The guy with a pretty compelling case as the Pistons best player over the past six weeks wasn’t in the rotation seven weeks ago. Explain that, Hamidou Diallo.
“Stay ready so you don’t got to get ready,” Diallo said after Monday’s loss to Boston when an emerging pattern held: The Pistons were a better team with Diallo on the floor than on the bench. “That’s been my mentality since I came in the league. Nothing’s been given to me. Everything’s been worked for.”
In seven of nine December games, including five straight, Diallo never left the Detroit bench. Kevin Knox’s 3-point proficiency earned him playing time that came at Diallo’s expense. In an era when a preponderance of players thrive or fail on the reliability of their 3-point shot, Diallo has forged a different path. He’s taken 18 3-point shots all season, zero in his last 13 games.
“I’m just doing what the team needs me to do,” Diallo said. “This is the role I’m playing right now. Who’s to know what I’m going to be playing in two days, three days. A month ago I wasn’t even playing. Just live in the moment and just take what the defense gives you out there. I don’t feel like anybody’s stopping me from getting to what I want to get to. I put in a lot of work on 3-point shooting and all of that and I’m still putting in the work every day.”
But because he’s right – nobody’s stopping him from getting to what he wants to get to: the rim – Diallo isn’t settling for 3-point heaves. Dwane Casey is fond of saying you can’t make enough twos in today’s NBA to keep up, but Diallo is putting that to the test. He’s shooting 68 percent since Jan. 1 and that puts him in the company of centers who are generally dunking lob passes or put-backs. Only four players in the league have shot a higher percentage during that time and none of them are 6-foot-5.
Again in Monday’s loss, Diallo ended up in the black. In a game the Pistons lost by 12, they were two points better than Boston during Diallo’s 17 minutes.
“They brought us a lot of energy,” Casey said of a bench unit for which Diallo has become a central figure. “I thought (Isaiah) Livers and Hami brought us back and got us within six or seven. It was their energy.”
That’s Diallo’s defining characteristic. Has been since he was a much-hyped New York recruit who spent one season at Kentucky. His ability to harness that energy into a force for good instead of a force for chaos has been the challenge for Diallo, but he’s been on point for nearly two months now. Since rejoining the rotation, Diallo owns the best net rating on the roster – the difference between the Pistons efficiency with Diallo on vs. off the court – at plus 2.9. In 19 minutes a game, Diallo has averaged 10.8 points, 4.1 rebounds and 1.4 steals while shooting 65.1 percent.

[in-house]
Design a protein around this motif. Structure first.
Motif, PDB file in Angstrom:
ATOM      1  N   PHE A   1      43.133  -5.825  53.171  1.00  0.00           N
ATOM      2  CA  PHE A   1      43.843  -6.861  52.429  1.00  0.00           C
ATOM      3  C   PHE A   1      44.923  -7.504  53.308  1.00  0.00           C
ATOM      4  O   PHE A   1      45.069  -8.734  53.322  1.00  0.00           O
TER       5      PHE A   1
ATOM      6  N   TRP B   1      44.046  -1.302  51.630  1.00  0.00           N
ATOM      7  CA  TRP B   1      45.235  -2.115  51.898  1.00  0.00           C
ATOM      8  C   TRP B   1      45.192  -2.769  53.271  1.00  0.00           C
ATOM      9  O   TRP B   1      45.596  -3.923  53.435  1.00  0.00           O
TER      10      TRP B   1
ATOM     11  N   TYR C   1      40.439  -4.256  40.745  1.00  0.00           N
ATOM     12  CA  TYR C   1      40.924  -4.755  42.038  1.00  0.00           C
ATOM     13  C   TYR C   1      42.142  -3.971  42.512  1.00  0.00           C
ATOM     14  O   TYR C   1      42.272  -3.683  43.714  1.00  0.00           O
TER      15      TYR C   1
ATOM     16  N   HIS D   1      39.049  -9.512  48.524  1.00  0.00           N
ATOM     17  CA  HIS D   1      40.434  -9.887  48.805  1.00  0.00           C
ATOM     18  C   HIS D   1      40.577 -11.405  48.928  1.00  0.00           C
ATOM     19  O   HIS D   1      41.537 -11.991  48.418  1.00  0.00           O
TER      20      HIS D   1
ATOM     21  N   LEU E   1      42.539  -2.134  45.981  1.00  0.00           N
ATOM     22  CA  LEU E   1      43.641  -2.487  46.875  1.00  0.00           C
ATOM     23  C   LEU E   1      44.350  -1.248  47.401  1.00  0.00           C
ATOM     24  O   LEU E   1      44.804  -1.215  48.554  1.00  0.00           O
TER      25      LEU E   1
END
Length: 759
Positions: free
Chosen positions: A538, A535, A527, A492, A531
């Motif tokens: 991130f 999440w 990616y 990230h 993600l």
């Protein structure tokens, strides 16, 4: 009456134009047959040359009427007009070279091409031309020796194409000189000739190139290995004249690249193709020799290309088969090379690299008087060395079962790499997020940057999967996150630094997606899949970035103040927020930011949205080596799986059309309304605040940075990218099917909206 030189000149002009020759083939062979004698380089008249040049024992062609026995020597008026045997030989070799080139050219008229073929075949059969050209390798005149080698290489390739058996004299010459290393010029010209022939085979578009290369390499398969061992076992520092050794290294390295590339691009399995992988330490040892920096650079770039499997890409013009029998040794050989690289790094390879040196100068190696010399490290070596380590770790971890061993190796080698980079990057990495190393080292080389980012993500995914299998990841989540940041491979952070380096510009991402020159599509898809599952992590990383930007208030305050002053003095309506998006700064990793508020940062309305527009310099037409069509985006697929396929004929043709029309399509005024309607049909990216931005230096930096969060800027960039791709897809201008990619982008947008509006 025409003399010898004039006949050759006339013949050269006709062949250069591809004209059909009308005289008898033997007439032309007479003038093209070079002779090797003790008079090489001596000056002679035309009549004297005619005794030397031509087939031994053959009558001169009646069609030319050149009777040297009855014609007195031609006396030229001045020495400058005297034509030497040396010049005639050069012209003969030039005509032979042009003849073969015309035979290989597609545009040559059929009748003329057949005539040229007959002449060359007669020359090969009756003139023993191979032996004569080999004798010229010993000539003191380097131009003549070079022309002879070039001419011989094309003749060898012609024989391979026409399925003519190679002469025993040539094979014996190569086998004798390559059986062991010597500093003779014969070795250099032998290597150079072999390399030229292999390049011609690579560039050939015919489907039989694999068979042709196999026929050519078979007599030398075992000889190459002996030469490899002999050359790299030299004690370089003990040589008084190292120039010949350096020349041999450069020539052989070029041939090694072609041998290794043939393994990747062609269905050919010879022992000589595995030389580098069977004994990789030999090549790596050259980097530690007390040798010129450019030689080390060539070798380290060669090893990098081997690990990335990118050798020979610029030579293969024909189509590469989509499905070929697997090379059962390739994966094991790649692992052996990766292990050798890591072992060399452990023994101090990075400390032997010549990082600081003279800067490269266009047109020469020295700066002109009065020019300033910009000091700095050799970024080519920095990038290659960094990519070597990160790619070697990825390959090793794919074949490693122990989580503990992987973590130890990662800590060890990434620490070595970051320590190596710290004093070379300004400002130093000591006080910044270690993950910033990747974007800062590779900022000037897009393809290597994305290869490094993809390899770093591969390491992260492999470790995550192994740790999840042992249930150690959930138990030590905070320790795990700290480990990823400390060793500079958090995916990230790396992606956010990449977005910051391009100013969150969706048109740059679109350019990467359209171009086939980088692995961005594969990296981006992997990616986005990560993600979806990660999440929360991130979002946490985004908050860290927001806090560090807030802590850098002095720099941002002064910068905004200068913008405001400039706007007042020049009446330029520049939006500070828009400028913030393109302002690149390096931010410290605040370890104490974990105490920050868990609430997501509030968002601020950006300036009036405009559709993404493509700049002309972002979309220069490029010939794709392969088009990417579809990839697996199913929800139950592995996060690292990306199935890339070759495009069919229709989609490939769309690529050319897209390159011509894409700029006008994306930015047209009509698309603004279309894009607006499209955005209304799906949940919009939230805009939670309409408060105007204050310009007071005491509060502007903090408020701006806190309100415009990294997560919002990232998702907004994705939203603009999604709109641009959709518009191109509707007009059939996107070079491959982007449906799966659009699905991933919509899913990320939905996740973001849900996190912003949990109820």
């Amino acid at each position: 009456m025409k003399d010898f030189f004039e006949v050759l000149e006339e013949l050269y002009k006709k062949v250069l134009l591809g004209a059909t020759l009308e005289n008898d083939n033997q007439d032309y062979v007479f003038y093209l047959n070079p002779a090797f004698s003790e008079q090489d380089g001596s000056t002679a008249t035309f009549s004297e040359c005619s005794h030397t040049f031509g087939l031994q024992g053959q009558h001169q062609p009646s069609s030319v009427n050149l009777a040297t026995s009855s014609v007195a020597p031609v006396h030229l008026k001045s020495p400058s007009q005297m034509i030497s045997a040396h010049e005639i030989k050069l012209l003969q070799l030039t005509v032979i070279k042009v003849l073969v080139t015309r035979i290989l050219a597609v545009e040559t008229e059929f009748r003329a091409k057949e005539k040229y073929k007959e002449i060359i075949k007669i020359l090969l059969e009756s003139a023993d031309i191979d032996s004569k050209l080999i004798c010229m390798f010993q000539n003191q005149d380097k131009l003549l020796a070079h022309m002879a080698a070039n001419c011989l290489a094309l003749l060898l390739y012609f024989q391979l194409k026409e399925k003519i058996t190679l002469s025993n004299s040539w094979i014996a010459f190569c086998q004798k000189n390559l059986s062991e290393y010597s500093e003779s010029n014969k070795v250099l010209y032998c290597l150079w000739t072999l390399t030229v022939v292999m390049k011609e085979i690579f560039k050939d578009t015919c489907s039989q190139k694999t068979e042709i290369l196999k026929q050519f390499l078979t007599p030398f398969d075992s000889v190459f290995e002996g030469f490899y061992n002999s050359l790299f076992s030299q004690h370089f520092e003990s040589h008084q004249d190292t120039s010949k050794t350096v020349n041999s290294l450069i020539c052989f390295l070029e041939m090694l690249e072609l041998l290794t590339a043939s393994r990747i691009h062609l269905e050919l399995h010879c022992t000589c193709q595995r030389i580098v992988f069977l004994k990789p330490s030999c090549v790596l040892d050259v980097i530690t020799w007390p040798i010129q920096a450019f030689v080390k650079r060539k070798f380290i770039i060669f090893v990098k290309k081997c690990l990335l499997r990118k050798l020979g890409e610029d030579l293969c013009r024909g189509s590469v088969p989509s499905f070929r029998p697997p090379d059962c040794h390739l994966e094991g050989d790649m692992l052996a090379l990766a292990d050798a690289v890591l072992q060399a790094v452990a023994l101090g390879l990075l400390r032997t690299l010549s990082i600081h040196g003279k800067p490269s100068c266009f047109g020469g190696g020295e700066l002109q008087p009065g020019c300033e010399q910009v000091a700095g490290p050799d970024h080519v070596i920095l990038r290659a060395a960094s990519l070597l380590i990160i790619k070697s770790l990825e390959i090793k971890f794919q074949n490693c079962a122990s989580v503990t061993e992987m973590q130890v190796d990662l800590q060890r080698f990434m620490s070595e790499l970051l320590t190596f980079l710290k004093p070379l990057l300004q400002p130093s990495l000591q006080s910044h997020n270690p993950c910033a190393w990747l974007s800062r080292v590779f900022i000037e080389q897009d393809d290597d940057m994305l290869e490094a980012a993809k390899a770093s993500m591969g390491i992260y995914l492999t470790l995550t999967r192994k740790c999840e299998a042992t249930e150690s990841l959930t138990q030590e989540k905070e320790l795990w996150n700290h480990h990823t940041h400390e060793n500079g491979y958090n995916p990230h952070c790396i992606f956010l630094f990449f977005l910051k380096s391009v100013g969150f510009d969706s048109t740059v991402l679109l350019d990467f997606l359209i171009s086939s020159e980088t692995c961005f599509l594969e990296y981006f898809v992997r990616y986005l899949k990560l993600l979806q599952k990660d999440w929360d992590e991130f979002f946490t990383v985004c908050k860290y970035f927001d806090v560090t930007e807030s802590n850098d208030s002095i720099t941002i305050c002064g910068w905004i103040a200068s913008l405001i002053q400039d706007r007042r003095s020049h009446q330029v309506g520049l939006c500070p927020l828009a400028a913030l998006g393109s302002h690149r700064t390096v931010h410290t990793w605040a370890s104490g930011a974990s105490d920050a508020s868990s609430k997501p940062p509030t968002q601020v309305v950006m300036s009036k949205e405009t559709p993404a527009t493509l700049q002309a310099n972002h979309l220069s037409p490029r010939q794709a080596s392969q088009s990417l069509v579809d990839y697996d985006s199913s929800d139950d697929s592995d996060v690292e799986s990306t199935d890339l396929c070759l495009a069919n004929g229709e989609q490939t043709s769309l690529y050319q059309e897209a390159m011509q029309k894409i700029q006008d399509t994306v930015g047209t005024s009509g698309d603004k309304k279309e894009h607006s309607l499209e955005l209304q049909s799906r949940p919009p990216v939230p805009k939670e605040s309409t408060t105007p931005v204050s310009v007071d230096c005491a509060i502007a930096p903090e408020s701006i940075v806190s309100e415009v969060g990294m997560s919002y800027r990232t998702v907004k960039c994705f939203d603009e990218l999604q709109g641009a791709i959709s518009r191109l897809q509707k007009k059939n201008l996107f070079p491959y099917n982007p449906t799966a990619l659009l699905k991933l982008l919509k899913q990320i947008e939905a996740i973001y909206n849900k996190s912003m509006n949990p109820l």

Through the ups and downs inevitable with a team as young as the Pistons – 10 players 24 or under on the roster and four key players 21 and younger even with Cade Cunningham missing all but a dozen games – Diallo has been a rock of reliability since his reinstatement.
“I feel like I’m a plug-and-fit guy on any team,” he said. “With any group of guys, I just feel like I can adapt to any different needs. Do I look at it as a skill set? No, I just look at it as who I am. People say you’re a good person. When you’re a good person, you understand different situations you’re in.”
About that last part. Yeah, the Pistons love the fiber of Diallo. When Killian Hayes was asked about Diallo’s impact over the past several weeks, he both began and ended his response with a testament to Diallo’s character.
“He’s just a great teammate. Always bringing joy, playing with a free mind. He’s going to play hard. He brings 100 percent. He’s a great slasher, runs the floor all the time. But most of all, he’s a great teammate.”
“Not even teammate, I take pride in being a great person,” Diallo said. “Because this game is only played for so long. I was raised to not take anything for granted and to understand when you’re in a situation and how to thrive in that situation. I look at everybody in the locker room, I look at everybody as brothers first and basketball will take care of itself. This is just a small part of our life.”
If he keeps playing it the way he’s played it for the past six weeks, it’s going to be a part of his life well into his future.